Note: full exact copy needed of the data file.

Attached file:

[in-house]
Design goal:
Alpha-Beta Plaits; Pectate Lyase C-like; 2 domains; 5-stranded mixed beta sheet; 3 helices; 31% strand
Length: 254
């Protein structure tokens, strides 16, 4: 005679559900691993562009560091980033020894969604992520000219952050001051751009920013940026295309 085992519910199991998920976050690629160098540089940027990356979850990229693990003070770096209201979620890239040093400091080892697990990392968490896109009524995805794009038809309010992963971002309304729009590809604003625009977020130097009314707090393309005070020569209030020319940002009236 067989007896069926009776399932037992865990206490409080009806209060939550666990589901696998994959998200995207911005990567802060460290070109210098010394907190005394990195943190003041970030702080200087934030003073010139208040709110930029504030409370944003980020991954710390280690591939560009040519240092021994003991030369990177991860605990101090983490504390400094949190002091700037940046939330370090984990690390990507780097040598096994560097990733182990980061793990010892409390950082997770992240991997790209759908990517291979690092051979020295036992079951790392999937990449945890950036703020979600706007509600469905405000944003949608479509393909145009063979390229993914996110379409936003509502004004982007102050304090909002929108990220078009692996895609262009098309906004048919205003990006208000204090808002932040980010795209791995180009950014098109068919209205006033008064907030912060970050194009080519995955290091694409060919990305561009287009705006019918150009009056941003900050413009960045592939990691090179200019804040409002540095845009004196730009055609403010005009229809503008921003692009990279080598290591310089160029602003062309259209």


[in-house]
Design goal:
Alpha-Beta Plaits; Pectate Lyase C-like; 2 domains; 5-stranded mixed beta sheet; 3 helices; 31% strand
Length: 254
């Protein structure tokens, strides 16, 4: 005679559900691993562009560091980033020894969604992520000219952050001051751009920013940026295309 085992519910199991998920976050690629160098540089940027990356979850990229693990003070770096209201979620890239040093400091080892697990990392968490896109009524995805794009038809309010992963971002309304729009590809604003625009977020130097009314707090393309005070020569209030020319940002009236 067989007896069926009776399932037992865990206490409080009806209060939550666990589901696998994959998200995207911005990567802060460290070109210098010394907190005394990195943190003041970030702080200087934030003073010139208040709110930029504030409370944003980020991954710390280690591939560009040519240092021994003991030369990177991860605990101090983490504390400094949190002091700037940046939330370090984990690390990507780097040598096994560097990733182990980061793990010892409390950082997770992240991997790209759908990517291979690092051979020295036992079951790392999937990449945890950036703020979600706007509600469905405000944003949608479509393909145009063979390229993914996110379409936003509502004004982007102050304090909002929108990220078009692996895609262009098309906004048919205003990006208000204090808002932040980010795209791995180009950014098109068919209205006033008064907030912060970050194009080519995955290091694409060919990305561009287009705006019918150009009056941003900050413009960045592939990691090179200019804040409002540095845009004196730009055609403010005009229809503008921003692009990279080598290591310089160029602003062309259209």